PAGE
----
Bible Study – week of March 18, 2020


Link to Andrew’s video for this Bible Study.

1 Corinthians 8:1-13

1 Now concerning food sacrificed to idols: we know that “all of us possess knowledge.” Knowledge puffs up, but love builds up. 2 Anyone who claims to know something does not yet have the necessary knowledge; 3 but anyone who loves God is known by him.

4 Hence, as to the eating of food offered to idols, we know that “no idol in the world really exists,” and that “there is no God but one.” 5 Indeed, even though there may be so-called gods in heaven or on earth—as in fact there are many gods and many lords— 6 yet for us there is one God, the Father, from whom are all things and for whom we exist, and one Lord, Jesus Christ, through whom are all things and through whom we exist.

7 It is not everyone, however, who has this knowledge. Since some have become so accustomed to idols until now, they still think of the food they eat as food offered to an idol; and their conscience, being weak, is defiled. 8 “Food will not bring us close to God.”[a] We are no worse off if we do not eat, and no better off if we do. 9 But take care that this liberty of yours does not somehow become a stumbling block to the weak. 10 For if others see you, who possess knowledge, eating in the temple of an idol, might they not, since their conscience is weak, be encouraged to the point of eating food sacrificed to idols? 11 So by your knowledge those weak believers for whom Christ died are destroyed.[b] 12 But when you thus sin against members of your family,[c] and wound their conscience when it is weak, you sin against Christ. 13 Therefore, if food is a cause of their falling,[d] I will never eat meat, so that I may not cause one of them[e] to fall.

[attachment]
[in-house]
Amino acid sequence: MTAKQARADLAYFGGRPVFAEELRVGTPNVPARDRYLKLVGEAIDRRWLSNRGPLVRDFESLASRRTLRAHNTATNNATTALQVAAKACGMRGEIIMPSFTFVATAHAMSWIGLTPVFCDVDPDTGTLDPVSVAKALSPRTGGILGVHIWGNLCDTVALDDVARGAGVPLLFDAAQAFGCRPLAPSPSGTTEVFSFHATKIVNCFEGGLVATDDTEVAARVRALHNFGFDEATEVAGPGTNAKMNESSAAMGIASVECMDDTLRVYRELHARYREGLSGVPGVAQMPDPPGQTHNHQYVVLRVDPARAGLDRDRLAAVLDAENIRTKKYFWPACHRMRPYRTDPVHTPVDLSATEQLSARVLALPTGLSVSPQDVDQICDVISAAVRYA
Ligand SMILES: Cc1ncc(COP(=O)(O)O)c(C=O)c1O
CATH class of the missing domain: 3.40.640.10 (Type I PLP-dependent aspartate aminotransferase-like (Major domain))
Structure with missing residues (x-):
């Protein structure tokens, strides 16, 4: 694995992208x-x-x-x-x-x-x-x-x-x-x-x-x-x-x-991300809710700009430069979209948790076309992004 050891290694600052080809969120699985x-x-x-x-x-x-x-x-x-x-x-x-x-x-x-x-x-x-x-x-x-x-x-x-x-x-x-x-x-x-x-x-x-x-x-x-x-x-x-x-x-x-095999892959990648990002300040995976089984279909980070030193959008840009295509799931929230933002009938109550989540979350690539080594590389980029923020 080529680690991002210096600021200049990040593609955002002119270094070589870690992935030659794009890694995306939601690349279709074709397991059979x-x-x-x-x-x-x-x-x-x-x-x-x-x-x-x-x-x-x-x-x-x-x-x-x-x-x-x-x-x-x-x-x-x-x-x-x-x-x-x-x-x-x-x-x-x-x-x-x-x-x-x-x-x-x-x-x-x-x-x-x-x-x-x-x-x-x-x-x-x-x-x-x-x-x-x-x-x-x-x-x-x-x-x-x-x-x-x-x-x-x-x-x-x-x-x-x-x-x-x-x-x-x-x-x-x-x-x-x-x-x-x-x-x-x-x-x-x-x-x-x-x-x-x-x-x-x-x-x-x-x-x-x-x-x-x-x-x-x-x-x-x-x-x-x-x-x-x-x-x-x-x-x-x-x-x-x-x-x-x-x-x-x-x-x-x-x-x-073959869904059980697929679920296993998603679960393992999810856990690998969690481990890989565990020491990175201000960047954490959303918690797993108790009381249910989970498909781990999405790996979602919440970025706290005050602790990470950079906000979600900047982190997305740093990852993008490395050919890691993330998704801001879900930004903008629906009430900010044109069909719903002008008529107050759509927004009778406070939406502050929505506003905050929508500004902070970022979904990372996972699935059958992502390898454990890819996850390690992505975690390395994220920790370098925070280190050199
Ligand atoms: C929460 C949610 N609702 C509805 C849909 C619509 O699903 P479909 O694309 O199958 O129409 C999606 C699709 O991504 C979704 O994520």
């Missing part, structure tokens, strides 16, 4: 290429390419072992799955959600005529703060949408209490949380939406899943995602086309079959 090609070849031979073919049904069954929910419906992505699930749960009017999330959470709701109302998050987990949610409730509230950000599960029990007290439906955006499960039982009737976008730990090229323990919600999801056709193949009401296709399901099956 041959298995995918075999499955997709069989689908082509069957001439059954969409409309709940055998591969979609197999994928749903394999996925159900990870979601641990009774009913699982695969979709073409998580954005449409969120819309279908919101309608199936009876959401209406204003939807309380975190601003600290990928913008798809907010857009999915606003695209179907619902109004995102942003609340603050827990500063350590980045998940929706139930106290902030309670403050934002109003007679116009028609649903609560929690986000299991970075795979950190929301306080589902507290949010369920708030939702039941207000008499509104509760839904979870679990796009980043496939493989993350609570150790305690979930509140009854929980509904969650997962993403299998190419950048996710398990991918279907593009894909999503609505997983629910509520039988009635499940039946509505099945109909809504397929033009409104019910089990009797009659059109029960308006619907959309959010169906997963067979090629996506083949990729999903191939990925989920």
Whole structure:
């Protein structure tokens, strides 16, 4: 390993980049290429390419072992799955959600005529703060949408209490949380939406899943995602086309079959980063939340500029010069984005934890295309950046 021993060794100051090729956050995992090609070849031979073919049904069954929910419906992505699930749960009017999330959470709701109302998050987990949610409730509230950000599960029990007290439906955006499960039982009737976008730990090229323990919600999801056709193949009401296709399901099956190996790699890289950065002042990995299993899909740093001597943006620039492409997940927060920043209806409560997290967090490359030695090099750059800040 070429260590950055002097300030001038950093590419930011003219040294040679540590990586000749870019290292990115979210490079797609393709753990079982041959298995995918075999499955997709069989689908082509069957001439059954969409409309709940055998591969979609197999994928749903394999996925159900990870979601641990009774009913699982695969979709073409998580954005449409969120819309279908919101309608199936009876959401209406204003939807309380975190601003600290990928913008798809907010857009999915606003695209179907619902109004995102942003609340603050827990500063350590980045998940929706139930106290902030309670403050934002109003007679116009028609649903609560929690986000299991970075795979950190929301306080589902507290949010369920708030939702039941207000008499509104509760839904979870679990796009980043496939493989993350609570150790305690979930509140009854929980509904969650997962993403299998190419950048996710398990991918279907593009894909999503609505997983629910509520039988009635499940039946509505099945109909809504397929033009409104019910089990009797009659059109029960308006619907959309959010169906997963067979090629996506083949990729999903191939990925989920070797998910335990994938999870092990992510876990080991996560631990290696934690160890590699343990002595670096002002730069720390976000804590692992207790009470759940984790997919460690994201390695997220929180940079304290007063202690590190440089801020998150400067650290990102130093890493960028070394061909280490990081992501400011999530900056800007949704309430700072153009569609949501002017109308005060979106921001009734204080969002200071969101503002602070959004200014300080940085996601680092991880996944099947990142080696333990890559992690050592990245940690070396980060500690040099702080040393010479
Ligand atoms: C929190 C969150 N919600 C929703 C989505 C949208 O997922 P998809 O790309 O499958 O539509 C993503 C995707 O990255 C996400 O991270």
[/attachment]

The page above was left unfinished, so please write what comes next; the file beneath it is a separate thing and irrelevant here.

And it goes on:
Discussion Questions – 1 Corinthians 8:1–13
March 18 th , 2020
1) What are your first reactions to the video? What did you learn? What questions
do you have?
2) According to ancient writers, the chief characteristic that defined the people of
Corinth was a problem-solving pragmatism. How does this relate to this selected
reading and why is it important?
3) What is the risk of claiming to have the power of secret knowledge? And what is
the difference between righteous and self-righteousness behavior?
4) The NRSV Bible uses the translation of “weak” to describe certain people in
Corinth. How does your interpretation change knowing that word can also be
translated as “sick”?
5) Augustine claimed that every biblical interpretation should follow the love
commandments—to love God and love neighbor. How does this rule affect your
understanding of 1 Corinthians 8?
6) What advice or lessons do you draw from the study of this passage that are
relevant to our situation today? What would you say is the true meaning of life?